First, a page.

Antibiotic-resistant infections cause more than 30,000 deaths annually in the U.S. alone. The majority of those are caused by methicillin-resistant Staphylococcus aureus, more commonly known as MRSA, which can turn routine medical operations into near-death battles.
MRSA evolved to become a deadly killer because it's wily and resilient. A new Michigan State University study, however, is figuring out how to turn one of its strengths against it.
"Attacking the cell membrane and inhibiting its ability to produce lipids, or fats, could be an effective treatment protocol," said Neal Hammer, MSU assistant professor of microbiology and molecular genetics, and senior author of the study that appears in the current issue of the Journal of Bacteriology. "MRSA, though, bypasses the effects of fatty acid inhibitors by absorbing human lipids."
Antibiotic resistance is a significant challenge in modern medicine. Pathogens encode genes to stay one step ahead, and scientists conduct research that will hopefully stop them, Hammer added.
The study began with the already established fact that MRSA has a genetic hardwired, fat-absorbing pathway. In an evolutionary arms race, MRSA's ability to absorb human fat and use it as a shield of sorts gives it an advantage. The scientists asked what was the source of the fatty acids in humans?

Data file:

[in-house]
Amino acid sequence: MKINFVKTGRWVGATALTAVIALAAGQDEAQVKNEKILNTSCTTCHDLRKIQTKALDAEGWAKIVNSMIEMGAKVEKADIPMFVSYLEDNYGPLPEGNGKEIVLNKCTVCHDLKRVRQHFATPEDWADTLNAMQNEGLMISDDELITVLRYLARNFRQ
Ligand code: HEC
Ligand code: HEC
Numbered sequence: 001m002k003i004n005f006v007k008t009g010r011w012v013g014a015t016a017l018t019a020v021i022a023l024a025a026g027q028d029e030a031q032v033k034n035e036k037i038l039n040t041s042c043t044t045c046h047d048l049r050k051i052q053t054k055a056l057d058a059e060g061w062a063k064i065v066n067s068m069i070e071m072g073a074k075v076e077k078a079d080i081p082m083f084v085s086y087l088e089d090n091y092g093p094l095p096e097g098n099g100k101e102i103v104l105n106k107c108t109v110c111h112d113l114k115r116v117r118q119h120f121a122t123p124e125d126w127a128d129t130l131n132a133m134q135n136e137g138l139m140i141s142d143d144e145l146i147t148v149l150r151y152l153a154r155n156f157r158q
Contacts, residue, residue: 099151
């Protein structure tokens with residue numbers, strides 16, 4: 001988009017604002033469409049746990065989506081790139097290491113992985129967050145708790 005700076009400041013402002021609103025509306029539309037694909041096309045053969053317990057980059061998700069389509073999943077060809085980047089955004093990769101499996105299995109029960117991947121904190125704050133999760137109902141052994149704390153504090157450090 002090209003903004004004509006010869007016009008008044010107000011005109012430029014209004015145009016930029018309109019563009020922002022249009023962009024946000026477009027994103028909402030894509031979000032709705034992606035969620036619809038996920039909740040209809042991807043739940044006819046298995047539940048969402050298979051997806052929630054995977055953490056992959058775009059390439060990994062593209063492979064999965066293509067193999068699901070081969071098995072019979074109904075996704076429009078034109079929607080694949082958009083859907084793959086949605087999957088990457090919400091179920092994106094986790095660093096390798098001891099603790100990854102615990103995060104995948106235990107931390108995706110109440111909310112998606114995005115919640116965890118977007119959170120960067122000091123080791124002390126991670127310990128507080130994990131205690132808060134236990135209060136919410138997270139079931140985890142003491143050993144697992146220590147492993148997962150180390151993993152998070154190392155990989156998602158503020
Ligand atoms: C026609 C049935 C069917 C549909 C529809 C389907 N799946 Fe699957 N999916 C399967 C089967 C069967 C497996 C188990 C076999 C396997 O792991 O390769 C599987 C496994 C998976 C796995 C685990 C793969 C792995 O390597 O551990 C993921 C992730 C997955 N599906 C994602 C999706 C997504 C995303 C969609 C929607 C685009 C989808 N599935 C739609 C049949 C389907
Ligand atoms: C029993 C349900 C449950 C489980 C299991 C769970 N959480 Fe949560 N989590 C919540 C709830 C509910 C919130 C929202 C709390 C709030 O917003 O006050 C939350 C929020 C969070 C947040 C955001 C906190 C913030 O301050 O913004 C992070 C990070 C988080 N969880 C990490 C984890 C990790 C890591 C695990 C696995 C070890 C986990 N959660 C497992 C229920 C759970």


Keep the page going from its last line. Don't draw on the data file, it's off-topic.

The answer lay in a simple test that many of us take each year.
Human blood is filled with lipids—good and bad cholesterol—that everyone knew existed but didn't connect to MRSA. The scientists suggest that MRSA steals these fatty acids and then integrates the lipids into its own cell membrane. This allows it to resist antimicrobials that target fatty acid synthesis. And since there's plenty of these fatty acids in the blood and liver, MRSA has a veritable endless buffet on which to feast.
"MRSA secretes enzymes, called 'lipases,' that free the fatty acids in human LDLs, or bad cholesterol," Hammer said. "We used mass spectrometry to identify how MRSA was able to perform this feat—the first time this process has been observed."
Past research laid the groundwork for this discovery. Many of those studies focused on fatty sources found on human skin. This emphasis was due in part to knowing that as much as 30 percent of the world's population carry MRSA on their skin—without any detrimental health effects.
Now that Hammer's team is shining the scientific spotlight on how MRSA consumes fatty acids present in the host, future research can focus on these new targets and preventing MRSA from obtaining host fatty acids. This could be a strategy to improve the efficacy of triclosan, an antibacterial agent used in hospitals and found in many household products, as well as other bacterial fatty acid synthesis inhibitors.
The interdisciplinary team of MSU scientists who were part of the study includes: Phillip Delekta, John Shook, Todd Lydic and Martha Mulks.
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